Grandfather Clock

British Grandfather Clocks

Eight-Day Movements:

These clocks only require winding once per week, so we usually recommend that our customers wind them on the same day every week. Most eight-day grandfather clocks have two sets of gears (two-train), one set of gears for the strike and the other for the time. Each train has its own separate weight. If the clock strikes on the quarter hours then it will have a third set of wheels and weights.

Thirty-Hour Movements:

This also has two trains, but they are driven by a single weight and a tiny counterweight to keep the rope taut. This movement was developed from a wall hanging clock called a lantern clock.

Month Running Movements:

These movements are rare. and are considered high quality movements with the addition of a extra wheel to give the longer duration.


The early cases (c1680) were very simplistic, the case doors were usually flat topped, the simple arched top became popular in the late 1720’s but more popular in the Northern parts of the UK and rarely seen on clocks from the South. After the 1830’s fancier designs were seen mostly in the North. The marquetry cases were and are still sought after, these cases were often “fake” and only experienced clocksmith's can determine the originality of these cases. Marquetry can be minor decorations like shells of fans, or could cover the whole clock from the hood to the base.

The Dials:

Grandfather clock dials come in many styles, ranging from very plain brass or silver dials to the more extensive painted moon dials. The dials are used to verify the age of the grandfather clock. This is accomplished by taking into account the numbers, the chapter rings, the half and quarter hour markings, and the minute band outside the chapter rings.

The Hands:

The clock hands are either blued steel or brass. Early hand designs were simplistic but rapidly grew to more ornamental hands by piercing the brass which was a long process so a quicker more crude method of stamping was used.

The Spandrels:

With very few exceptions all grandfather clocks have spandrels. The exceptions are very early grandfather clocks and instead have carvings. Early spandrels would be small, simple, and have a cherub. Over time the spandrels were more open designs with flowers, seashells, foliage, and dolphins. The dolphins became popular with the introduction of arched dial clocks. The spandrels are a pretty good gauge to the age of the clock, and are used in conjunction with all the other details to be more accurate.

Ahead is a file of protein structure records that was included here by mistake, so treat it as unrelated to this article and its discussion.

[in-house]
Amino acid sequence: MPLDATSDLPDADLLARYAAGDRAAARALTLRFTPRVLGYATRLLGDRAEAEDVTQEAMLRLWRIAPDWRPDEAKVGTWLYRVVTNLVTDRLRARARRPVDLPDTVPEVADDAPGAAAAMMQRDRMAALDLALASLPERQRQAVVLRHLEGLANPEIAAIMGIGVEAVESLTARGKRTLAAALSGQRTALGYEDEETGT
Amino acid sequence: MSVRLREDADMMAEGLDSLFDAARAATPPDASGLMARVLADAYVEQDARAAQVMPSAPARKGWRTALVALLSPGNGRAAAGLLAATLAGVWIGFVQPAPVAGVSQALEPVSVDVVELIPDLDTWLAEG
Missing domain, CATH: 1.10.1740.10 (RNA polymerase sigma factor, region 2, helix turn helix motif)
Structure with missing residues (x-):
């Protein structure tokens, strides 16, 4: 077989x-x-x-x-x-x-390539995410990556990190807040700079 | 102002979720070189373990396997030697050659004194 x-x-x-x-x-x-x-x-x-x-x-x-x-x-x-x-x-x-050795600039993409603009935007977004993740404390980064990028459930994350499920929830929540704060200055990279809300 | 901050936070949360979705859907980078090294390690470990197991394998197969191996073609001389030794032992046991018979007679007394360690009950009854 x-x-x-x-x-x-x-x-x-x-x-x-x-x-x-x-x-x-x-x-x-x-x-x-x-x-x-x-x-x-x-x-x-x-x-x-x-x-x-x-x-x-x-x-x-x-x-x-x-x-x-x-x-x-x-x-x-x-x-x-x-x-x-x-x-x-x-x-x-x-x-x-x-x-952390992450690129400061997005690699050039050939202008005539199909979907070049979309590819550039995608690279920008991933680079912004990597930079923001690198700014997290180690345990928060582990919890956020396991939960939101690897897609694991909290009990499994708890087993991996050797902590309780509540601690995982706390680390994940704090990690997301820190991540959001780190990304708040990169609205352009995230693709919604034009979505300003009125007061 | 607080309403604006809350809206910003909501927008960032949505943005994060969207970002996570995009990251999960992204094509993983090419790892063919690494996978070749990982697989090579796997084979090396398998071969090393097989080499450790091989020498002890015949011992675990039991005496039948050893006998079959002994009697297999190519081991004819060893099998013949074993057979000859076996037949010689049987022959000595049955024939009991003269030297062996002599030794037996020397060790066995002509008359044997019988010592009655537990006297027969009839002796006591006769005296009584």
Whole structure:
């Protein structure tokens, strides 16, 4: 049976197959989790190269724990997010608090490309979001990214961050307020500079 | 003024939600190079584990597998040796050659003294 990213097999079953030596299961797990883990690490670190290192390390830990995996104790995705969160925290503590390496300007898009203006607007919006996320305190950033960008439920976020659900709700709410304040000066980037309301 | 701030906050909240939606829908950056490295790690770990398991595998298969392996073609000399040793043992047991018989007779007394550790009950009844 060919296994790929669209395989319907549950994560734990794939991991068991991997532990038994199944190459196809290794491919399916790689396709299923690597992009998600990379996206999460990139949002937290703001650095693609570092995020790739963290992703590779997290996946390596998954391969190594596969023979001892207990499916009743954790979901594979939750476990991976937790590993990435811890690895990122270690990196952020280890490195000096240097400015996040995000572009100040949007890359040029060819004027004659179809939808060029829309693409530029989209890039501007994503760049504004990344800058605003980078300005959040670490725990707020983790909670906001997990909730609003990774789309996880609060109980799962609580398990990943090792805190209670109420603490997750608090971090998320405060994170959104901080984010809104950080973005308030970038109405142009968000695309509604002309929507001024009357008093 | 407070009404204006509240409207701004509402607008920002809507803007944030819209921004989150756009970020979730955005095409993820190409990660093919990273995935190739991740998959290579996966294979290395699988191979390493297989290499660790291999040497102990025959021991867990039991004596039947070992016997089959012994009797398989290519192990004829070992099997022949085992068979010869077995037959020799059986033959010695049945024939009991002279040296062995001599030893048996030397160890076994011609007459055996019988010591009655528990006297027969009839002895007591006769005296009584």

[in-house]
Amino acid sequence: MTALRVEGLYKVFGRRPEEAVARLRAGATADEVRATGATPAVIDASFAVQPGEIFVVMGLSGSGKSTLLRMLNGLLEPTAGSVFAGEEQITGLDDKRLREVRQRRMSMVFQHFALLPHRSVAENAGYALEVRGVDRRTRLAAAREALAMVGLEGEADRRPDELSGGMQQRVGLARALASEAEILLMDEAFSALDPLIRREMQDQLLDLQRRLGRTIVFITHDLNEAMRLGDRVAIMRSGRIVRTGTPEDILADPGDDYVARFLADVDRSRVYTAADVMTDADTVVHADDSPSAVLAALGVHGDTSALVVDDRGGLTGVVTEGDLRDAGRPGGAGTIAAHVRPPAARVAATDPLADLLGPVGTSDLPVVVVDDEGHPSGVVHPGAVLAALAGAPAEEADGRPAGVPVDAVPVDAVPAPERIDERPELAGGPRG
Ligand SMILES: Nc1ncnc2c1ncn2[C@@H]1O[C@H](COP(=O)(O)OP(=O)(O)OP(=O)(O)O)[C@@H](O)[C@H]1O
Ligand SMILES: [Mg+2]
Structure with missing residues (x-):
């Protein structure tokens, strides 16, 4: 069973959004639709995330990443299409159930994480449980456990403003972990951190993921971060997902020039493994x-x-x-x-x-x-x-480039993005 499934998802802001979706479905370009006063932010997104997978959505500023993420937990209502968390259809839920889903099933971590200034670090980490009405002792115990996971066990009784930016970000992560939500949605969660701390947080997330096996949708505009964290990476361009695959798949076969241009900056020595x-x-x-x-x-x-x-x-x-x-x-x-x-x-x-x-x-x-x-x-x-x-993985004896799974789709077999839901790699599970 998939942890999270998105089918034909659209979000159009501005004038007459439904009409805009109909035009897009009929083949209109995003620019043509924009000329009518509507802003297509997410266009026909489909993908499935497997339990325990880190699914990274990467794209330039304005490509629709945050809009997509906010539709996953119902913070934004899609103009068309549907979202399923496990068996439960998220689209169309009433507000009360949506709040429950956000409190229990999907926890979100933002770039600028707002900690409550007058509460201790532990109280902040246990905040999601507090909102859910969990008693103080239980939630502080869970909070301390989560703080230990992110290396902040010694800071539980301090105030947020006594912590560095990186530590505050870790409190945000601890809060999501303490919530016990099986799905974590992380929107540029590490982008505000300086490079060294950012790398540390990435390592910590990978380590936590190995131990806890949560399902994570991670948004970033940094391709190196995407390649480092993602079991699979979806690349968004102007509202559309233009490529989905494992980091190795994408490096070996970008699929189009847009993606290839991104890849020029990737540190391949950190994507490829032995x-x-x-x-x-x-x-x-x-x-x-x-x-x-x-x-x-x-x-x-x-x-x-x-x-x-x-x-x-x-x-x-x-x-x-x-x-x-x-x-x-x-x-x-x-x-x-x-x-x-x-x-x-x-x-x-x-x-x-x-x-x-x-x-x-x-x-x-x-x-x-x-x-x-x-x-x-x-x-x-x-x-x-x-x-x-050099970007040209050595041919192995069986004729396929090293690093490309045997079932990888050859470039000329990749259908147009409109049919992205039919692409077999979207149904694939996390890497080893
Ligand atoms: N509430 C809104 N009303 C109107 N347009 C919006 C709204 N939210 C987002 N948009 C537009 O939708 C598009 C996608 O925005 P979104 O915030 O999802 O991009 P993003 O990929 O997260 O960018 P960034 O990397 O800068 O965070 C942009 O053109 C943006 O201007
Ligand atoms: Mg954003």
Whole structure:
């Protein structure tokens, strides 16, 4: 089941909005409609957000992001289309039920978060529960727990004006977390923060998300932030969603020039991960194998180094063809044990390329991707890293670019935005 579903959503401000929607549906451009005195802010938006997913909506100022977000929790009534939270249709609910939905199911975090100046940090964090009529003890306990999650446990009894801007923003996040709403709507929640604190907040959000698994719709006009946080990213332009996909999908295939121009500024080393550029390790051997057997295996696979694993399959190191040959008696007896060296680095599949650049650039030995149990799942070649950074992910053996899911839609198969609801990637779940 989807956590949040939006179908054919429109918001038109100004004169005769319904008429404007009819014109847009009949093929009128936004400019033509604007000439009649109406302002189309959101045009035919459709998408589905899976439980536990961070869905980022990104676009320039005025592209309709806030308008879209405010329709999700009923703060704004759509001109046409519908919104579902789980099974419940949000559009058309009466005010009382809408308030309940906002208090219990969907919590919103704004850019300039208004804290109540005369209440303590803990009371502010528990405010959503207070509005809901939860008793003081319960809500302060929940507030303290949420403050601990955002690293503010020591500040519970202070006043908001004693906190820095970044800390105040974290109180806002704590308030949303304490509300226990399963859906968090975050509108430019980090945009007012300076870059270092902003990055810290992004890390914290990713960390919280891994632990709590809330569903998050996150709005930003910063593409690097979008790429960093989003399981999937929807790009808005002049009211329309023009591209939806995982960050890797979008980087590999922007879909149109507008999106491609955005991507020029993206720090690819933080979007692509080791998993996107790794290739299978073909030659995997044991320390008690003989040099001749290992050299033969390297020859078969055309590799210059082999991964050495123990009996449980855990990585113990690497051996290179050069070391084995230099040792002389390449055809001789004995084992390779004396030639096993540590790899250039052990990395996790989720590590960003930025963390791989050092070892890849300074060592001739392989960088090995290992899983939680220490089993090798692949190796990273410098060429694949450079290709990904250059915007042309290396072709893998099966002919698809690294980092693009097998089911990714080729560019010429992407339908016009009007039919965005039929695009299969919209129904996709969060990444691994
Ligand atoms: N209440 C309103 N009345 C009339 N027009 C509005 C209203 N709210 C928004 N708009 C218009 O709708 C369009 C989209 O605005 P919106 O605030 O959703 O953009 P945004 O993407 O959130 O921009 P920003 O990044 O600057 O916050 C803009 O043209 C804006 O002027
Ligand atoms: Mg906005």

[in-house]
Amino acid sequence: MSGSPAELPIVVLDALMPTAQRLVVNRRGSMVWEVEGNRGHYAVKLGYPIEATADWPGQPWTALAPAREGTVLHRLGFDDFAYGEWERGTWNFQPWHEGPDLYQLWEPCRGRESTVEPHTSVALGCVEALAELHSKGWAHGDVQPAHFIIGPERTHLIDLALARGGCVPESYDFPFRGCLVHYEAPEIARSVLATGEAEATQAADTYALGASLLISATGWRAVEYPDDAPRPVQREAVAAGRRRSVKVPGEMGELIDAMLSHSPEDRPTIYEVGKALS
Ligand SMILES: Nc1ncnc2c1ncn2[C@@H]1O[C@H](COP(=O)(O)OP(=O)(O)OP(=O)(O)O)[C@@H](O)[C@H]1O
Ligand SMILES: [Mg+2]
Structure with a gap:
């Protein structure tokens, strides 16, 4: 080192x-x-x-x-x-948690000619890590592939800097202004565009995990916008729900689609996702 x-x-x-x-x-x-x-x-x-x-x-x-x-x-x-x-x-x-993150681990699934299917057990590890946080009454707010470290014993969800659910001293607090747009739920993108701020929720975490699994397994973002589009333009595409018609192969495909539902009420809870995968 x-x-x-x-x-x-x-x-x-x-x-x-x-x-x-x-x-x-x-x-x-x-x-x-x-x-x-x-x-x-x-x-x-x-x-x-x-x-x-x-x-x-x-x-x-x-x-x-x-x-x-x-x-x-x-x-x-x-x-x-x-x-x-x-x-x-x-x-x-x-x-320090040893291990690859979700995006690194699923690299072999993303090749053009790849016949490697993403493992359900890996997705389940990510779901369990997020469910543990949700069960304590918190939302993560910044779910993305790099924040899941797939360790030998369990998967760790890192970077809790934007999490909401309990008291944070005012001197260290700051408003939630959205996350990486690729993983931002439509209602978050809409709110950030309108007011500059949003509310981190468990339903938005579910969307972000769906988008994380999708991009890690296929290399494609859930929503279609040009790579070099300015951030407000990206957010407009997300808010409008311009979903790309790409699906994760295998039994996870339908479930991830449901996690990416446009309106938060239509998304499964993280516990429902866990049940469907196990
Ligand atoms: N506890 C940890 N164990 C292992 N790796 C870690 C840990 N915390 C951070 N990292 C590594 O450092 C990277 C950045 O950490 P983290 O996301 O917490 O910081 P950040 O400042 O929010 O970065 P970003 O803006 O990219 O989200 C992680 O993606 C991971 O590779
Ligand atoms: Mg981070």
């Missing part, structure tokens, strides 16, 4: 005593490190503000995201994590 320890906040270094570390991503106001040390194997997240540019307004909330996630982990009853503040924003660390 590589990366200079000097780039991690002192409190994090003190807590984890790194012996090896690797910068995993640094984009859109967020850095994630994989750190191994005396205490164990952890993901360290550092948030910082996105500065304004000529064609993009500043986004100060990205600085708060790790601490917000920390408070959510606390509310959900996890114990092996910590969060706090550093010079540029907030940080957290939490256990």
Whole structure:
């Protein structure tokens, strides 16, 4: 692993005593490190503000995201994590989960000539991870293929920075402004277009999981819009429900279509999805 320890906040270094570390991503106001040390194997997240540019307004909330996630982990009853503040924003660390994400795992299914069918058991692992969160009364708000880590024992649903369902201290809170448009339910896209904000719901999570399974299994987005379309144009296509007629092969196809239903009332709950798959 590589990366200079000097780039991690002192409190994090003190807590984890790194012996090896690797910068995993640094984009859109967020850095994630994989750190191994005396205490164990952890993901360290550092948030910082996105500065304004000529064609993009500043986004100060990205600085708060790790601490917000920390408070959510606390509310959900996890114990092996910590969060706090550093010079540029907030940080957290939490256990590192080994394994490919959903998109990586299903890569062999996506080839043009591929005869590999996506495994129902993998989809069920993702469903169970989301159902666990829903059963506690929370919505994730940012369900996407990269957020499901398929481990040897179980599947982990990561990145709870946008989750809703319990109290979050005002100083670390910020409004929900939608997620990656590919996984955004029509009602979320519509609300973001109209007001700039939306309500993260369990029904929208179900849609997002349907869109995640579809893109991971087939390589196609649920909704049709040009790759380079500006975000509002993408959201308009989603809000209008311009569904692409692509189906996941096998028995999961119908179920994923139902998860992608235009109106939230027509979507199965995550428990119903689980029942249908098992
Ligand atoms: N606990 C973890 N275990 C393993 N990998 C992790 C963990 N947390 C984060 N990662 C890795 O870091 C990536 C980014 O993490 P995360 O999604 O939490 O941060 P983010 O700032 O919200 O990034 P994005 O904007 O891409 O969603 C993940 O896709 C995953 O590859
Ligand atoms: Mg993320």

Interesting Grandfather Clock Facts

There are some British grandfather clocks that cannot be categorized into either a Southern or Northern British grandfather clock. This is because some clock cases employ generic design features that have no particular style.

On the other hand, antique clock cases may have dozens of features from different regions that make it harder to identify the clocks origin. Lets learn about the different features of grandfather clocks:

Antique Grandfather Clock

American Grandfather Clocks

American Grandfather clocks were first developed in Pennsylvania, Massachusetts, and later in Connecticut. Around 1840 Connecticut became the area that mass produced clocks.

Most often clock cases were made by cabinet makers, per the clockmaker request, and reflected the furniture style of that period. As with English Grandfather clocks each area developed its own style, so with experience we can distinguish if the clock was made in Philadelphia, Boston, Connecticut, or New York.

The first grandfather clocks were made with square dials, flat tops, and no did not have feet. Eventually bun feet were used which were later replaced with ogee feet. The 1760's was called the Chippendale era. Grandfather clocks had broken arches on the hoods, finials made of brass or wood, and some fretwork on the hoods and cases. Around 1780 the cases often had more delicate designs with inlay work.

Early dials were ten inches and square in shape. They were made of brass and pierced brass spandrels that had different designs and silvered chapter rings. Then around 1740 the arched dial appeared and had either a moon dial or embossed arch with the makers name. The painted dial was introduced around 1780.

The movements were more often brass and ran for eight-days. Wooden movements and thirty-hour brass movements were available, but were not as popular. Dials then became more complex with the addition of musical bells, date dial, seconds hands, different types of moon phases, and eventually astronomical clocks showing the movements of the planets around the sun. Astronomical clocks complicated the design of the movements.